Stemme | Voices | Amazwi is LitNet’s series of 15 short, powerful monologues written by established and upcoming playwrights, and presented in collaboration with Suidoosterfees, NATi and ATKV.
In Buhle Ngaba’s After tears, a young woman prepares to take the podium to make a speech at a state funeral. Buhle Ngaba performs the monologue, directed by Amelda Brand.
In this video, Buhle Ngaba and Amelda Brand discuss their approach to the production After tears.
A podium is a strange thing, innit? Le batho ba bang makatsa ha ke sa batle goaka (And these people are also incredibly confusing to me, if I’m honest). I’m sure batlile hela for dijo tsa pitlho (I’m sure they have just come for the food). Waitse after tears, ya lapisa? (You would think they are sick of after tears?) I stand next to Mama, kind of in awe of it all, you know. At least, that’s what I think I thought. I can’t be sure; I mean, you’ve seen one state funeral and you’ve seen them all. Am I right? Or maybe I just don’t remember that much of it because at that point, not even the four Grandpas and banana I had had for breakfast could distract me from my glaring headache.
There’s something that gets people addicted and crazy about it, you know – state funerals, I mean.
A huge crackle of madness that can be inspired only by a dead hero’s body and an avid nation. And man, oh, man, is South Africa an avid audience/nation.
Shu – nothing like a little braai and drama. I don’t know – even before I started having to attend all of my immediate family’s funerals and see glimpses of them played back in history lessons at school for the years following their deaths, I only started to get really uncomfortable with South Africa’s brand of media circus around the Hansie Cronjé court case era. I don’t know why – maybe it’s because the apartheid bullets hit too close to home. Literally.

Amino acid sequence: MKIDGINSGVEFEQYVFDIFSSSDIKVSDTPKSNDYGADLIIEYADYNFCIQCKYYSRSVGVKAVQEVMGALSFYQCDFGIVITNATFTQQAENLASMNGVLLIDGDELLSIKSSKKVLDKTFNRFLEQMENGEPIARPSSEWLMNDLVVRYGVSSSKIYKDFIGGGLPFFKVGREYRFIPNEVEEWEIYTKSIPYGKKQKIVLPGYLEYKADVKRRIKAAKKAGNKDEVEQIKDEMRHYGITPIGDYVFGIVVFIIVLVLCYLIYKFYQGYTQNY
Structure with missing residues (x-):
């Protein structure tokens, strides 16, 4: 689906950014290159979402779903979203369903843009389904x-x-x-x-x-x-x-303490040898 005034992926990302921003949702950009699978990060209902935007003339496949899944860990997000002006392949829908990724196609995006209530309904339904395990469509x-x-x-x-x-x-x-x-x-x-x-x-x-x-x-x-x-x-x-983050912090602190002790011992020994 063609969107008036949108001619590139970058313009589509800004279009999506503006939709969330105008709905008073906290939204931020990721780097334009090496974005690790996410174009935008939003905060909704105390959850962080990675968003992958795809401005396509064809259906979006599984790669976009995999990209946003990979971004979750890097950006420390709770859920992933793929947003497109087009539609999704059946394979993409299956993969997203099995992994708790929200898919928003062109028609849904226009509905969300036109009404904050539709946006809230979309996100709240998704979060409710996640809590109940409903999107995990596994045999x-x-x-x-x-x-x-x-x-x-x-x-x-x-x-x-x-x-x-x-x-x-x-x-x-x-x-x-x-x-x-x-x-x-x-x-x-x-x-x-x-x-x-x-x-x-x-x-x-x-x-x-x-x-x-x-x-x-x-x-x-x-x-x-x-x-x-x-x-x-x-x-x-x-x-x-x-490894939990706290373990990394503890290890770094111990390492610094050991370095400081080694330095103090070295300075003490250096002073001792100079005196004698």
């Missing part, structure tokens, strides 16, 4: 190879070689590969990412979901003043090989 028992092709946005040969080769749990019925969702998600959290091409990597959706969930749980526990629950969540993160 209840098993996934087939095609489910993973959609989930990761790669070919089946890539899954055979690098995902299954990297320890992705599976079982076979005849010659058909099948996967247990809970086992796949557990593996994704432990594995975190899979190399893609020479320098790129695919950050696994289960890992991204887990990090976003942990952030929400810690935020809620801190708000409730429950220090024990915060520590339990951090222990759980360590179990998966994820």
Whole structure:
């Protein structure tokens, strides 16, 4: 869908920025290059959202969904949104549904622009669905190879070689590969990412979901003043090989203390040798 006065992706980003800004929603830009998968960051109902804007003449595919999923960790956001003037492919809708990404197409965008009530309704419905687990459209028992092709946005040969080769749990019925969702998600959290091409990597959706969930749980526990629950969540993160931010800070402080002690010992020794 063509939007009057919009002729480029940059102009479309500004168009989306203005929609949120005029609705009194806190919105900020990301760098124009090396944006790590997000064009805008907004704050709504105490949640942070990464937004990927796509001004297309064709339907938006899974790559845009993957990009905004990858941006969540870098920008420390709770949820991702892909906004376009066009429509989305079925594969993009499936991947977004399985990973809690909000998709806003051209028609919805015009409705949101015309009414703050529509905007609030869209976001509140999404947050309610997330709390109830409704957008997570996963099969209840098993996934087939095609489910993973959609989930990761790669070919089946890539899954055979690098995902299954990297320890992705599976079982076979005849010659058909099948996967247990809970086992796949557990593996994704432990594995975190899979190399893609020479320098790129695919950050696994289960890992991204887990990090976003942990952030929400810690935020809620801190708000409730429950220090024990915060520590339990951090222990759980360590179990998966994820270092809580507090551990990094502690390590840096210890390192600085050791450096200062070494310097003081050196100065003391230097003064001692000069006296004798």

Anyway, yeah, at ten years old, even I could recognise what being haunted looked like, and lemme tell ya, behind the TV screen, Hansie looked it. To a ten-year-old, it seemed like all the adults in the world saw it, too. I mean, they had to have been, because they were so obsessed with talking about it. For years after, even. Ooohs and aahs of shame. Special Assignment-worthy conspiracies about what had happened. Everyone always ready to turn on the TV, always ready to turn on the radio, always ready to eat Hansie’s shame whole – swallow it with a side serving of Spur chips and secret sauce.
From that point, the more I found out about my family, the less I wanted to know about them – terrified that we, too, were going to be exposed like that one day, naked and bare for a nation to pick apart.
That’s why I’m standing here, I guess. Not for them, the skittle rainbow nation; not even for her, I don’t think. I think I’m here for the living – for her. For my mother.
So that they don’t eat her like they ate Hansie.
Mari retlaring. (But I mean, what do we say?)
Stemme | Voices | Amazwi is supported by the National Arts Council.
Stemme | Voices | Amazwi is a New Writing project of LitNet and is supported by the LW Hiemstra Trust.
All the monologues are available here: